What Josh Howard Should Have Said…

“We’ve just opened up the Nat Turner Memorial War Training Fund and we’ll be soliciting donations from all Americans who love liberty and freedom.  We know that freedom isn’t free.  We believe that America has produced some great examples of freedom fighters.  Of course, Francis Scott Key was not one of those people.  In any event, contributions may be sent to the following address:

Nat Turner Memorial War Training Fund
1731 Free African Way
Alexandria, Virginia

Josh Howard didn’t do that because he was making a flip, off the cuff remark.  He did what many people feel, but don’t always say in public.  He said what most self-respecting Americans would do if the anthem were written by a Communist who threatened to bomb the Congress.  Francis Scott Key was far worse.  He was someone who trafficked in the commerce of humanity and undermined the very principles he allegedly defended.  A bomb in Washington DC might do some damage (I’m sure it would do some good.)  Nothing, however, is worse for a democracy than the principle of justice for some.  Francis Scott Key was a staunch practitioner of this principle – as were his kith and kin. 

Check this out:


In 1814, Francis Scott Key wrote new words for a well-known drinking song, “To Anacreon in Heaven,” to celebrate America’s recent victory over the British. However, only in 1931, following a twenty-year effort during which more than forty bills and joint resolutions were introduced in Congress, was a law finally signed proclaiming “The Star Spangled Banner” to be the national anthem of the United States.

(…from American Treasures Of The Library Of Congress )

The Verses:
O say, can you see by the dawn’s early light
What so proudly we hailed at the twilight’s last gleaming ?
Whose broad stripes and bright stars through the perilous fight,
O’er the ramparts we watched were so gallantly streaming !
And the rockets’ red glare, the bombs bursting in air,
Gave proof through the night that our flag was still there.
O say, does that Star-spangled Banner yet wave
O’er the land of the free and the home of the brave?

On the shore, dimly seen through the mist of the deep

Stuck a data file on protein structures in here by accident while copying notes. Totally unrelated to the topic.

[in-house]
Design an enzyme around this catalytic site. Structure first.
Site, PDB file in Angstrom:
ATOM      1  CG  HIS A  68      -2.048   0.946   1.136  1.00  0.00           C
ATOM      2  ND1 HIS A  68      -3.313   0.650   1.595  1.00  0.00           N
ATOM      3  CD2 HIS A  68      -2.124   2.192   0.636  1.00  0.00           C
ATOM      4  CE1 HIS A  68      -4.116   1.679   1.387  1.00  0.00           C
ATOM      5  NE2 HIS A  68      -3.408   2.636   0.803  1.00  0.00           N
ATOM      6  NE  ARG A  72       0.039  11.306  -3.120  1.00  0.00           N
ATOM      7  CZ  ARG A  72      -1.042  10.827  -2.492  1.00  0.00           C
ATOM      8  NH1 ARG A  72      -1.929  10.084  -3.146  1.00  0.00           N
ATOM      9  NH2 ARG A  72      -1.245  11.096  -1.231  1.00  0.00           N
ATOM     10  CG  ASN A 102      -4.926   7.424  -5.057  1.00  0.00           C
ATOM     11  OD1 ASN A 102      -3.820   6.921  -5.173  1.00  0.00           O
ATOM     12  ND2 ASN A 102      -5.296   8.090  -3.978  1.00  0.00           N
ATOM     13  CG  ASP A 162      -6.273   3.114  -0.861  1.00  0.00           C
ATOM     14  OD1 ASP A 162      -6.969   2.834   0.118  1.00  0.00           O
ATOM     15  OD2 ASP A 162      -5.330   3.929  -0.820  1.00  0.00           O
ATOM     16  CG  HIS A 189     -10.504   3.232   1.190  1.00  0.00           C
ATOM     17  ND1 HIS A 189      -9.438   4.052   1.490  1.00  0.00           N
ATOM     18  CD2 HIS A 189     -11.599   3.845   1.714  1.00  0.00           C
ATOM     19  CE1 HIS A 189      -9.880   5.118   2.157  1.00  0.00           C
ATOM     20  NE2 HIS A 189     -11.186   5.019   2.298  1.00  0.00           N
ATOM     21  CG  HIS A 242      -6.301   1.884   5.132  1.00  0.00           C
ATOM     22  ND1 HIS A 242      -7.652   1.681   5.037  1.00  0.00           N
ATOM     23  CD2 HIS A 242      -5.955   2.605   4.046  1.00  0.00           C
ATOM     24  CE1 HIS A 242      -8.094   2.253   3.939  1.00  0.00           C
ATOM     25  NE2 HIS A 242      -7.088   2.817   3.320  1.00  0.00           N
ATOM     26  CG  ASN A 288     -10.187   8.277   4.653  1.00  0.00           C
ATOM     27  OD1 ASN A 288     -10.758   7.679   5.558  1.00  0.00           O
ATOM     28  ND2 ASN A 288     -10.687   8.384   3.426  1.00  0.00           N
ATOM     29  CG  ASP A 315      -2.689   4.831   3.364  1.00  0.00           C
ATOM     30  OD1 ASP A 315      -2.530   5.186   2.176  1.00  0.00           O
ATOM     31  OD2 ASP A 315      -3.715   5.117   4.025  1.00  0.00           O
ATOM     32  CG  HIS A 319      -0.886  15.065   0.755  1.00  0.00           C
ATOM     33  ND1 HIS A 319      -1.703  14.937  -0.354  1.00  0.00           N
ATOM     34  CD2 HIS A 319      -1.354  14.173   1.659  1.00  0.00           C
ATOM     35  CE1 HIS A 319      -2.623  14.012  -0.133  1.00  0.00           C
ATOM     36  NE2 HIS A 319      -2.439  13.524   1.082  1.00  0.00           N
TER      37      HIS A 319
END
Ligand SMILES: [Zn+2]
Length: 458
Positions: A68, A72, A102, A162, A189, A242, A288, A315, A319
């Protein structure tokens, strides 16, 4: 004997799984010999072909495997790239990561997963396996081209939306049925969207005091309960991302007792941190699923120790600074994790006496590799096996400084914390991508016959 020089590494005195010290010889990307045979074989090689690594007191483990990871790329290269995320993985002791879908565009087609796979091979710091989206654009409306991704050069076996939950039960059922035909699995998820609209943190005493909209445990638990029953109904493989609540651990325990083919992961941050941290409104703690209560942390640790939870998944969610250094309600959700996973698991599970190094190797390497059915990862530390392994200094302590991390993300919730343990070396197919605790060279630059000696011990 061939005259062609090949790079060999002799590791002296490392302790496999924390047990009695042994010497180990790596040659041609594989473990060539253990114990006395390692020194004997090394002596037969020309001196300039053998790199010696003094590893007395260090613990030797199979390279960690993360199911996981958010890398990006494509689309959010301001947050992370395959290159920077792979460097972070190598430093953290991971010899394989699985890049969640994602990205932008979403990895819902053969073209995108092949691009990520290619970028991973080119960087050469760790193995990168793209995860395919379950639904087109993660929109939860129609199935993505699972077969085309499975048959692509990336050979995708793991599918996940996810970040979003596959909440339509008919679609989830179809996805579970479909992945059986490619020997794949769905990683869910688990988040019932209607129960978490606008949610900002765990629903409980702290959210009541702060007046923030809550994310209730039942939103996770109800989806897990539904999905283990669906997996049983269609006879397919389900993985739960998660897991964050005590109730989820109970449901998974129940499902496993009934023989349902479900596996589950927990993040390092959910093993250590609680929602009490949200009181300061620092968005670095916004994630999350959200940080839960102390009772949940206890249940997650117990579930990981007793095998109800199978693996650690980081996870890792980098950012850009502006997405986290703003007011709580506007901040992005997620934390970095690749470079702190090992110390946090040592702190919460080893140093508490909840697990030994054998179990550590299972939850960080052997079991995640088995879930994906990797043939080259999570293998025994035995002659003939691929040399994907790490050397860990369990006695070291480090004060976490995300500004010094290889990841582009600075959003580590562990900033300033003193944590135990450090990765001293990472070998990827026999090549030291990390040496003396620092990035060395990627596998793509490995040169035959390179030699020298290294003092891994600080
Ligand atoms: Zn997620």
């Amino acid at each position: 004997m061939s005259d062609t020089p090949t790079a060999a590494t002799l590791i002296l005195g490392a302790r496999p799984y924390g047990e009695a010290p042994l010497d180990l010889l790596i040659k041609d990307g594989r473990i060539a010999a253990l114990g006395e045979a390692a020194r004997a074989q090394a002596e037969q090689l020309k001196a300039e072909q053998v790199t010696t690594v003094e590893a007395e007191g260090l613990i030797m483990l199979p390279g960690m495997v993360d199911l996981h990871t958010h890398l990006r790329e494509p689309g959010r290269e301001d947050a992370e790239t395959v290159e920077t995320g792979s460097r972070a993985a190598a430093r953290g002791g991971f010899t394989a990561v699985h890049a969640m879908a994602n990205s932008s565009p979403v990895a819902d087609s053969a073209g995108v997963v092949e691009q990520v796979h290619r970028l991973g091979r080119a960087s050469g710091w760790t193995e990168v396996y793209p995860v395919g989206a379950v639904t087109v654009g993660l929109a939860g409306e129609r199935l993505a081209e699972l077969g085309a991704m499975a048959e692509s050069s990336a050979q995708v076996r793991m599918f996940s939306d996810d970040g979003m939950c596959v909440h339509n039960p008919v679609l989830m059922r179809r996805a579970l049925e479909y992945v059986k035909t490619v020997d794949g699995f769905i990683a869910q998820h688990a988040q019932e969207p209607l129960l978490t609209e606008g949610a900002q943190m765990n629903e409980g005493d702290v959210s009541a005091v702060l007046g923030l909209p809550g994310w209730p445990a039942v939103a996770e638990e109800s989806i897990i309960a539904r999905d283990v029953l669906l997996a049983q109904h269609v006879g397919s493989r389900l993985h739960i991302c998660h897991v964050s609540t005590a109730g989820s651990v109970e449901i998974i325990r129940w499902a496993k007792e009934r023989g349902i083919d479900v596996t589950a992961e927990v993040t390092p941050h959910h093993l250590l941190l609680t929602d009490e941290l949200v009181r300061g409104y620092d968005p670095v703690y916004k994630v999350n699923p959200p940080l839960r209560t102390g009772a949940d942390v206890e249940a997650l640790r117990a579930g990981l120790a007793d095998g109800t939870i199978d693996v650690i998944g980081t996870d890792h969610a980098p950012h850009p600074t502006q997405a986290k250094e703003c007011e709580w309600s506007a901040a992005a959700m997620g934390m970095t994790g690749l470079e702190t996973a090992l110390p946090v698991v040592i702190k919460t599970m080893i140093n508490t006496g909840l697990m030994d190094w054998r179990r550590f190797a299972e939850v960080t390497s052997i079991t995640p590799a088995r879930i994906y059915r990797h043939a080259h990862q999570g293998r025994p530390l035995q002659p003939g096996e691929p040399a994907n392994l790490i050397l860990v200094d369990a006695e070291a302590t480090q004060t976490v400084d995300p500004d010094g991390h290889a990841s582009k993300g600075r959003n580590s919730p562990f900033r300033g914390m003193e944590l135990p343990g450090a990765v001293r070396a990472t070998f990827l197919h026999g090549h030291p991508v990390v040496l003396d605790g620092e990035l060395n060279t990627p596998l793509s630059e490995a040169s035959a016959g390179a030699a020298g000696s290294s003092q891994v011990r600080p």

Where the foe’s haughty host in dread silence reposes,
What is that which the breeze, o’er the towering steep,
As it fitfully blows, half conceals, half discloses ?
Now it catches the gleam of the morning’s first beam–
In full glory reflected, now shines on the stream;
‘Tis the Star-spangled Banner, O long may it wave
O’er the land of the free and the home of the brave!

O thus be it ever when freemen shall stand
Between their loved homes and the foe’s desolation !
Bless with victory and peace, may our heav’n-rescused land
Praise the Power that hath made and preserved us a nation.
Then conquer we must, for our cause it is just–
And this be our motto: “In God is our trust !”
And the Star-spangled Banner in triumph shall wave
O’er the land of the free and the home of the brave.

It seems to me that Josh was on to something.  I don’t know how much he was aware of it – but it doesn’t matter.  He made have learned the real deal from his elders while sitting at their side getting his hair braided in some pre-Trans Atlantic twist from the plains of a forgotten Continent.  He might have deciphered it from the relics of old Freedman’s Bureau activities in and around the county of his birth.  He might have asked someone, “What’s the difference between a ‘free man’ and a ‘freed man’?”  Maybe it wasn’t any of this.  Maybe it was simply an intuitive rejection of something that didn’t resonate in his heart of hearts.  Maybe it’s because he already HAS a national anthem:

Lift every voice and sing,
‘Til earth and heaven ring,
Ring with the harmonies of Liberty;
Let our rejoicing rise
High as the listening skies,
Let it resound loud as the rolling sea.
Sing a song full of the faith that the dark past has taught us,
Sing a song full of the hope that the present has brought us;
Facing the rising sun of our new day begun,
Let us march on ’til victory is won.
Stony the road we trod,
Bitter the chast’ning rod,
Felt in the days when hope unborn had died;
Yet with a steady beat,
Have not our weary feet
Come to the place for which our fathers sighed?
We have come over a way that with tears has been watered,
We have come, treading our path through the blood of the slaughtered,
Out from the gloomy past,
‘Til now we stand at last
Where the white gleam of our bright star is cast.
God of our weary years,
God of our silent tears,
Thou who has brought us thus far on the way;
Thou who has by Thy might
Led us into the light,
Keep us forever in the path, we pray.
Lest our feet stray from the places, our God, where we met Thee,
Lest, our hearts drunk with the wine of the world, we forget Thee;
Shadowed beneath Thy hand,
May we forever stand,
True to our God,
True to our native land.

Francis’ song doesn’t have any lyrics like this:

“We have come over a way that with tears has been watered,
We have come, treading our path through the blood of the slaughtered” 

Maybe Francis’ song really wasn’t meant for Josh.  Do you think people are mad at Josh because he’s had a moment of clarity?

True to hisGod, true to his native land?

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